Monday, March 24, 2014

Bullying policies and legislation

All of us have experienced "bullying" or manipulation by threats.  None of us like being bullied, because it is with threats that we are pushed into doing something we do not want to do.  These threats can be for physical harm, social intimidation, blackmail, or ridicule.

Since we all have experienced the negative feelings associated with it, we all want to jump on the bandwagon when someone proposes outlawing it - as if there was a policy or law that when passed would just do away with it or, for those who want revenge, punish the perpetrator.  Few people will admit to having tried to manipulate someone else by a threat, though we have all done it.  We only see ourselves as the victims of "bad" people, who need to be manipulated, by threats of punishment or intimidation, into not bullying!

Do you see where this is going?!  Now most people will, at this point, say, "Well, you have to bully the bully to stop him/her from bullying."  The trouble is, it doesn't really work, though it can hide it.  What it usually does is make someone, who is intent on manipulating someone else, more sophisticated in their bullying.  In fact many if not most bullying laws and policies end up being used by bullies to further bully their victims!

Here is one example from the Expect Respect Program.  (Most problems with policies like this come when they are adopted as a "program," a nice little package that policymakers can just drop into place and say their work is done.)

Expect Respect has two major concepts, or golden rules:
Rule 1: If someone is feeling disrespected, they have the right to ask the person to stop what they are doing.
Rule 2: If someone asks you to stop, you have to stop what you were doing - even if you don’t think you were doing anything wrong.

It sounds great!  If they bully you, and you tell them to stop, they HAVE to stop...or you'll tell someone.  Do we really think that someone intent on bullying is just going to stop, because we say that?  The trouble comes where it says "- even if you don't think you were doing anything wrong."  This can then be used by a bully. (I hate using that term to describe one of God's children, because we have all done it.  It makes it seem as though someone was a demon in human form that can never change.)

The training that the school is then required to do (one MORE thing to do - as if they weren't already dealing with it), provides a response that can then be used by the "bully" to stop someone from doing right when the "bully" doesn't like it.  For example, one student tries to stop another from butting into a line.  The student in the wrong can then say, "Stop, you're bullying me!  Now you have to stop bothering me, or I will get you in trouble."  While we might say, "Go ahead and you'll be the one in trouble!"  But a little kid doesn't always think of that, and many times will be intimidated by the threat so they let the bully butt into line.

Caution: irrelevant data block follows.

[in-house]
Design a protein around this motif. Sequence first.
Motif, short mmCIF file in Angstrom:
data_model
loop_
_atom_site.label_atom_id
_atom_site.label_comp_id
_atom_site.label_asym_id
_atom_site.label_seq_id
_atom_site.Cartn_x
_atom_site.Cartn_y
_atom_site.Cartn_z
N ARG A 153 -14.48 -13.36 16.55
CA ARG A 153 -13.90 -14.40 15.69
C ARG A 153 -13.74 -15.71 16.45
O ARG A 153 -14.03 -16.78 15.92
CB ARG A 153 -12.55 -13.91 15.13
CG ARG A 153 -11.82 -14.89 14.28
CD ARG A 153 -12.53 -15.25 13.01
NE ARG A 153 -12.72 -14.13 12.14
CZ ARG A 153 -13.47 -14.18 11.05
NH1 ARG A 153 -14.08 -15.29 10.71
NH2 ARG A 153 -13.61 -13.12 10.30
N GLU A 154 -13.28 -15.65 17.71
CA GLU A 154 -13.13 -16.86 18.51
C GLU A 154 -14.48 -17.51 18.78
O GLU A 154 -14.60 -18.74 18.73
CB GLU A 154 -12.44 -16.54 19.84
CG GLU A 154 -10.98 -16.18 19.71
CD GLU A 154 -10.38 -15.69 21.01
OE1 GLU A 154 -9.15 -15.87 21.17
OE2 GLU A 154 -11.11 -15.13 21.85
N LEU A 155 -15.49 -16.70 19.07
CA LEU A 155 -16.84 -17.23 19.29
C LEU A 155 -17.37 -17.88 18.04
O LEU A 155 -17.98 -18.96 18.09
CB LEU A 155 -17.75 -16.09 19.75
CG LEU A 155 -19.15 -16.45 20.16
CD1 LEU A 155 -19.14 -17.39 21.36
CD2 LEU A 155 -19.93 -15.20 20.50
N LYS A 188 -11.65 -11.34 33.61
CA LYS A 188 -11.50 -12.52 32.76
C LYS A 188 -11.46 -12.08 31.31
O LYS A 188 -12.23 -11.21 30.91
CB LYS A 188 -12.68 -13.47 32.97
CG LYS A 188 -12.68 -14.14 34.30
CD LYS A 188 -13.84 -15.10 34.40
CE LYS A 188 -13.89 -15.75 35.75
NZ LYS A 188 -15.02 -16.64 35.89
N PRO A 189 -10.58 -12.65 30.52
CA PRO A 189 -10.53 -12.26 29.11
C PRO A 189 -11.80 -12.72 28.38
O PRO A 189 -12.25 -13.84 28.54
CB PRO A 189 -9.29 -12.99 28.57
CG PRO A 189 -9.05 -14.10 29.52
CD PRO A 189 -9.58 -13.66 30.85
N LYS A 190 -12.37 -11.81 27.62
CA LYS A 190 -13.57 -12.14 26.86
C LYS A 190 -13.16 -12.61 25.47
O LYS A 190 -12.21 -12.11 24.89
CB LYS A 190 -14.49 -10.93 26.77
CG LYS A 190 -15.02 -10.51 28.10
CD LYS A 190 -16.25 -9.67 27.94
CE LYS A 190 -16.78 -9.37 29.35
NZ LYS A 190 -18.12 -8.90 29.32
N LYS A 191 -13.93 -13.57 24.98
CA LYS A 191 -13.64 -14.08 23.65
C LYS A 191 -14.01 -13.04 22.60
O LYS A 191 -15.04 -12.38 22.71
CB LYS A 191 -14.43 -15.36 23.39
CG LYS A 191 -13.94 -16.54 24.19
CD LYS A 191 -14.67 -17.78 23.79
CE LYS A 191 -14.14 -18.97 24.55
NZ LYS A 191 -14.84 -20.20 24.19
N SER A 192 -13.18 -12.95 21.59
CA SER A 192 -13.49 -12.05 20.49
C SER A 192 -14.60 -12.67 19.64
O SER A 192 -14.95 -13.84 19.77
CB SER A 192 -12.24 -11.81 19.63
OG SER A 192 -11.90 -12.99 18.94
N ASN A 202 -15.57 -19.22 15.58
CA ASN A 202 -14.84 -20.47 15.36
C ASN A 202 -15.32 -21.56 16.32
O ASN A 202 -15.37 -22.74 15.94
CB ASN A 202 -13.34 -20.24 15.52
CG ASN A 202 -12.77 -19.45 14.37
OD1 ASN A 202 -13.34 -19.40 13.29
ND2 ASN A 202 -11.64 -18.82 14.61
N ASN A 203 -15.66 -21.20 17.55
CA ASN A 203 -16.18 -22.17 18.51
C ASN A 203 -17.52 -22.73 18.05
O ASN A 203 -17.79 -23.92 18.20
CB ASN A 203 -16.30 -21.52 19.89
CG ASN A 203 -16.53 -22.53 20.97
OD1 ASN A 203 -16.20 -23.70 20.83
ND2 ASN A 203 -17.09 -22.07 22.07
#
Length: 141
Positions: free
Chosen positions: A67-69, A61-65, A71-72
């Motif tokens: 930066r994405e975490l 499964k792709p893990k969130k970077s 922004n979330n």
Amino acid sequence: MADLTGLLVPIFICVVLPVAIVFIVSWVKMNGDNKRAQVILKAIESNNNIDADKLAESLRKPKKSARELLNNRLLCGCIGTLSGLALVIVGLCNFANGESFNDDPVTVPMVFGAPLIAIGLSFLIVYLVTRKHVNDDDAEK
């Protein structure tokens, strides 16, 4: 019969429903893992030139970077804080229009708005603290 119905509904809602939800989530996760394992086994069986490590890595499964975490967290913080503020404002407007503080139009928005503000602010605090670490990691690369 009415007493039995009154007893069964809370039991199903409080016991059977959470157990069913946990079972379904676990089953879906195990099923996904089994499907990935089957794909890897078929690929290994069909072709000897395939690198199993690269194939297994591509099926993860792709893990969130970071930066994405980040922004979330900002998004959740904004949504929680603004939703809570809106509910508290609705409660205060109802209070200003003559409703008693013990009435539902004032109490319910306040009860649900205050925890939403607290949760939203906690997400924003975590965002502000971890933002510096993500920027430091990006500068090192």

Many other examples can be given of a timid person in the right being bullied into allowing bad behavior by someone using the "program" designed to stop it.  This has been done over and over with anti-discrimination programs and legislation at the adult level.  Innocent people get discriminated against by the very legislation that was supposed to eliminate it.

Bullying is not stopped by "programs."  It is a process that people have to go through to learn respect for other people.  Policies, legislation, and programs can't do that.  You can't "make" a person be good.  They have to be taught correct principles by precept and example and then choose the better way, which they will usually do when taught by someone who has learned that principle themselves.  You can enforce punishments for specific harm, but bullying and discrimination laws give tools, rather than shackles, to the perpetrators.

Unfortunately we live in a world where we all are still trying to master the principle of love for neighbor.  Sometimes teachers and parents themselves both slip into bullying, and other times they become the victims.  It takes judgment at the personal level.  Just as "Zero Tolerance" policies and laws frequently punish people far beyond what is right and become very inflexible, bullying policies end up doing the same.

My suggestion is this: DON'T pass anti-bullying policies and legislation.  They don't solve the problem.  Local teachers and parents are doing their best to stop it already!  Those seeking to "look like" they are solving the problem from their elevated position like to propose these measures.  But they only make things more difficult for victims and those who seek to really solve the problem - teachers in the trenches and parents.

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